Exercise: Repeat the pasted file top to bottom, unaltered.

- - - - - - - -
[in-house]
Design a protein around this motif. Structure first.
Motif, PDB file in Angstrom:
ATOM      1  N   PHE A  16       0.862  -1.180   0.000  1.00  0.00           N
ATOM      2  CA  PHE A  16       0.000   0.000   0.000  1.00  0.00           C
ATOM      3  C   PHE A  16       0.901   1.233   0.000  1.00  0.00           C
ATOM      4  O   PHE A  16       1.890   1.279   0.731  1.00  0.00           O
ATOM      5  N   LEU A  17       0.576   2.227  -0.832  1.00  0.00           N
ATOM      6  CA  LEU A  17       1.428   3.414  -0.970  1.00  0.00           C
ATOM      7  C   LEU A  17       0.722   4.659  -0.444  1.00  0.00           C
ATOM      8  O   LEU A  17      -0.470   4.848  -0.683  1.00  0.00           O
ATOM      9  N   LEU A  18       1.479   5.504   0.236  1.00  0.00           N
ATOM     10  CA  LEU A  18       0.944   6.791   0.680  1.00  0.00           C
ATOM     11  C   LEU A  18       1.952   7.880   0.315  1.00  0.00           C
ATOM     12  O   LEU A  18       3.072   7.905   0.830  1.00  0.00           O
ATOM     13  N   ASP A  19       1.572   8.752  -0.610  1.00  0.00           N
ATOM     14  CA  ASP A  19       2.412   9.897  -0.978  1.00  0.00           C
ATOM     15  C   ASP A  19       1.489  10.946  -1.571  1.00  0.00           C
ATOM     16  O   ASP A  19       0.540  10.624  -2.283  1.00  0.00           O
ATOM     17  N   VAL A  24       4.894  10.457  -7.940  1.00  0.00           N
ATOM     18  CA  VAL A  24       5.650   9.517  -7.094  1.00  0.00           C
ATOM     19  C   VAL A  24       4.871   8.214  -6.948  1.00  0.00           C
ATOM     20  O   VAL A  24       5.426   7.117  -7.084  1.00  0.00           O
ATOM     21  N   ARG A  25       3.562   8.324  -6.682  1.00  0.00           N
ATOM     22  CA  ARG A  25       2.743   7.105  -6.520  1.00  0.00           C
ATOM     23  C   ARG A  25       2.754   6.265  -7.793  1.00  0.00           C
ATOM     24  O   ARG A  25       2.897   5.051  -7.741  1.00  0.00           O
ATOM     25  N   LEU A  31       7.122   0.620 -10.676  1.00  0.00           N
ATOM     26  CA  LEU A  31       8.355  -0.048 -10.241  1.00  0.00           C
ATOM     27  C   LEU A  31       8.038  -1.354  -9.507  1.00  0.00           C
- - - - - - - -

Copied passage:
[in-house]
Design a protein around this motif. Structure first.
Motif, PDB file in Angstrom:
ATOM      1  N   PHE A  16       0.862  -1.180   0.000  1.00  0.00           N
ATOM      2  CA  PHE A  16       0.000   0.000   0.000  1.00  0.00           C
ATOM      3  C   PHE A  16       0.901   1.233   0.000  1.00  0.00           C
ATOM      4  O   PHE A  16       1.890   1.279   0.731  1.00  0.00           O
ATOM      5  N   LEU A  17       0.576   2.227  -0.832  1.00  0.00           N
ATOM      6  CA  LEU A  17       1.428   3.414  -0.970  1.00  0.00           C
ATOM      7  C   LEU A  17       0.722   4.659  -0.444  1.00  0.00           C
ATOM      8  O   LEU A  17      -0.470   4.848  -0.683  1.00  0.00           O
ATOM      9  N   LEU A  18       1.479   5.504   0.236  1.00  0.00           N
ATOM     10  CA  LEU A  18       0.944   6.791   0.680  1.00  0.00           C
ATOM     11  C   LEU A  18       1.952   7.880   0.315  1.00  0.00           C
ATOM     12  O   LEU A  18       3.072   7.905   0.830  1.00  0.00           O
ATOM     13  N   ASP A  19       1.572   8.752  -0.610  1.00  0.00           N
ATOM     14  CA  ASP A  19       2.412   9.897  -0.978  1.00  0.00           C
ATOM     15  C   ASP A  19       1.489  10.946  -1.571  1.00  0.00           C
ATOM     16  O   ASP A  19       0.540  10.624  -2.283  1.00  0.00           O
ATOM     17  N   VAL A  24       4.894  10.457  -7.940  1.00  0.00           N
ATOM     18  CA  VAL A  24       5.650   9.517  -7.094  1.00  0.00           C
ATOM     19  C   VAL A  24       4.871   8.214  -6.948  1.00  0.00           C
ATOM     20  O   VAL A  24       5.426   7.117  -7.084  1.00  0.00           O
ATOM     21  N   ARG A  25       3.562   8.324  -6.682  1.00  0.00           N
ATOM     22  CA  ARG A  25       2.743   7.105  -6.520  1.00  0.00           C
ATOM     23  C   ARG A  25       2.754   6.265  -7.793  1.00  0.00           C
ATOM     24  O   ARG A  25       2.897   5.051  -7.741  1.00  0.00           O
ATOM     25  N   LEU A  31       7.122   0.620 -10.676  1.00  0.00           N
ATOM     26  CA  LEU A  31       8.355  -0.048 -10.241  1.00  0.00           C
ATOM     27  C   LEU A  31       8.038  -1.354  -9.507  1.00  0.00           C